I’m now using Hugo to render my website. I’ve been using it in other places like the home page of Insstant and I like it a lot. The first thing that stood out to me when I tried it was the speed. It is insanely fast.
I’ve ported the content over from my previous website. I’m working on porting over my old blog posts. Most of them make me cringe hard. I’m tempted to just hit delete, but I’ll keep them. It shows how I was then and how much I’ve grown. Hopefully I’ll look back at these new posts in a decade and cringe just as hard.
I find this life cycle software projects to be fascinating. It is most visible with open source software, but it is true of every single project. It takes a life of its own as people come and go and interest waxes and wanes and the landscape changes around it. The status of a project with a single maintainer or one very strong lead then becomes a window into their life.
Over 25 years later, Linus Torvalds is still merging away! What a beast. It shows that his life isn’t at odds with the demands of the project but is in fact quite the opposite. He doesn’t have to will himself into doing things. I doubt that anyone can will themselves into doing something for 25 years. I’m sure the insane success of Linux helped whenever he felt that the haters were grinding him down.
Fifteen years ago, when commercial interest in Linux began to increase but the kernel community was still very small, the process started to become unmanageable, Torvalds said. The community decided to switch to the Bitkeeper revision control system, which was a lifesaver for Torvalds “because the process before that was such a disaster,” he said.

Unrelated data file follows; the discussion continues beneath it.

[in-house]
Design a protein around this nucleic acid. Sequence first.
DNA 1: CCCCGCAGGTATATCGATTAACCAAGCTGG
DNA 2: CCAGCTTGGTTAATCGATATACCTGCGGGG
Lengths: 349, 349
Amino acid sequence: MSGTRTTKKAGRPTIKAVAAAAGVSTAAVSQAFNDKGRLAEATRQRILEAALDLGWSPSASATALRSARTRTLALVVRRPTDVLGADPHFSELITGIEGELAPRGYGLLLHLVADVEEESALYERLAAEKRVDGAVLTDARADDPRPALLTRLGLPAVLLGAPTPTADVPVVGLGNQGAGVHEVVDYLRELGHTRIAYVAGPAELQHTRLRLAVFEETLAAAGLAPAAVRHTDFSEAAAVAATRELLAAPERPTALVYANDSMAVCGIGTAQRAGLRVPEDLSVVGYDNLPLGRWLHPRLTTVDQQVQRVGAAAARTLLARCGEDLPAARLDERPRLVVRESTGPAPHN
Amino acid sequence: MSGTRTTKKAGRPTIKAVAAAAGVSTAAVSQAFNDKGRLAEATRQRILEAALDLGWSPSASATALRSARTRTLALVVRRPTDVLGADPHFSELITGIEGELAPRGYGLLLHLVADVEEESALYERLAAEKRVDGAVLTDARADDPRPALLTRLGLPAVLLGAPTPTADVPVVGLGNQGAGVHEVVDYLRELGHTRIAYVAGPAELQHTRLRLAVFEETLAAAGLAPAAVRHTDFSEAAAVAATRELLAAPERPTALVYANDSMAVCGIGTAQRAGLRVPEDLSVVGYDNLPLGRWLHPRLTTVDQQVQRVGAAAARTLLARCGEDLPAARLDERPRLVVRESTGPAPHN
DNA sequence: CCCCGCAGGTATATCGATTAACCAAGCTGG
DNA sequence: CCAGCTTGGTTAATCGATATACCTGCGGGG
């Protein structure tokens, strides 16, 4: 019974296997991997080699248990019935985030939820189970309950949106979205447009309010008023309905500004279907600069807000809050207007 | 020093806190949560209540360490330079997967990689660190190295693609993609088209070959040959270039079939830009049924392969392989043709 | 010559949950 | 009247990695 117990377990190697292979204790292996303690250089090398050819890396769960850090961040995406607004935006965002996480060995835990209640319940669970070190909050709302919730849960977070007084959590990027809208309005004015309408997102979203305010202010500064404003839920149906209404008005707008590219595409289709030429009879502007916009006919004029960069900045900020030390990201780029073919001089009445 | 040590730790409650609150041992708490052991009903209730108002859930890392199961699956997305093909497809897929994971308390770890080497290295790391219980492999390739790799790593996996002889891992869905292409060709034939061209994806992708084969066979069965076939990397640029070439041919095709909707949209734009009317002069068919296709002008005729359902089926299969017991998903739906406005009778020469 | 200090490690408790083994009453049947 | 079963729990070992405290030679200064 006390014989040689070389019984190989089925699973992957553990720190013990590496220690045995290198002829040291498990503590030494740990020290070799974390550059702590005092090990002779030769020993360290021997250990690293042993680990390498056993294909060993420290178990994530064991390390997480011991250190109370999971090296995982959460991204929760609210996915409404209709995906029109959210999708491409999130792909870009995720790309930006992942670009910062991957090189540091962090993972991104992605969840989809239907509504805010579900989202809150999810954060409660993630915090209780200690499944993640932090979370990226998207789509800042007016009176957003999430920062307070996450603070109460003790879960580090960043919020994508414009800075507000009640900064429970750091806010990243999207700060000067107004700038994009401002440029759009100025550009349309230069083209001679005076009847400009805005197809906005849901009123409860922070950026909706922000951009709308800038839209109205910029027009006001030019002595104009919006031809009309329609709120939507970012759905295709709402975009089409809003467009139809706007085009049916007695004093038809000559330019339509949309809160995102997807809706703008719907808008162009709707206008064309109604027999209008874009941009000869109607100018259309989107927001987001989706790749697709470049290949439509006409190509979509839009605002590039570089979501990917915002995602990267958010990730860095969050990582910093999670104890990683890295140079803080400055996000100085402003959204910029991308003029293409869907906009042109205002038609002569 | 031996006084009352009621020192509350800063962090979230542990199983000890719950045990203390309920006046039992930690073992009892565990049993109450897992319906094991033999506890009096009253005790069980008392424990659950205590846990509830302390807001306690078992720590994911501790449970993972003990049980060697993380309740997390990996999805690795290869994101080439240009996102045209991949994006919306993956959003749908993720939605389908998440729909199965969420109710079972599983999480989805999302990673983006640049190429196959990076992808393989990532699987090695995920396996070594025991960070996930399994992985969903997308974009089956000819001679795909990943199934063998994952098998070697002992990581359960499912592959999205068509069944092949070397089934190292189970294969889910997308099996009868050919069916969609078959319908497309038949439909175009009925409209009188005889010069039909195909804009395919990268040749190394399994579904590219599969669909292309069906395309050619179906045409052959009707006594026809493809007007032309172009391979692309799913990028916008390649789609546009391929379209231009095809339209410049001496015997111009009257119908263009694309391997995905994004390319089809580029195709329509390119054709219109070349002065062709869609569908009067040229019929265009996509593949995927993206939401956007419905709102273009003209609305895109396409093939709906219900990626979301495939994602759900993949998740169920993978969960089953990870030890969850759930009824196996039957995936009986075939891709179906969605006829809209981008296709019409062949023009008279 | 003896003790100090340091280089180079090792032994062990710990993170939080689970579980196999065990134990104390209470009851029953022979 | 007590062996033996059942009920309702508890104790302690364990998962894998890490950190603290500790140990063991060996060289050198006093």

“That was probably the only time in the history of Linux where I was like, “this is not working,” Torvalds said. “In retrospect that might have been the moment where I just gave up.”
“I really like what I’m doing. I like waking up and having a job that is technically interesting and challenging without being too stressful so I can do it for long stretches; something where I feel I am making a real difference and doing something meaningful not just for me.”
“I occasionally have taken breaks from my job. The 2-3 weeks I worked on Git to get that started for example. But every time I take a longer break, I get bored. When I go diving for a week, I look forward to getting back. I never had the feeling that I need to take a longer break.”
People change. Projects change. Priorities change. Sometimes they change together in sync. They definitely shape each other, for better or for worse.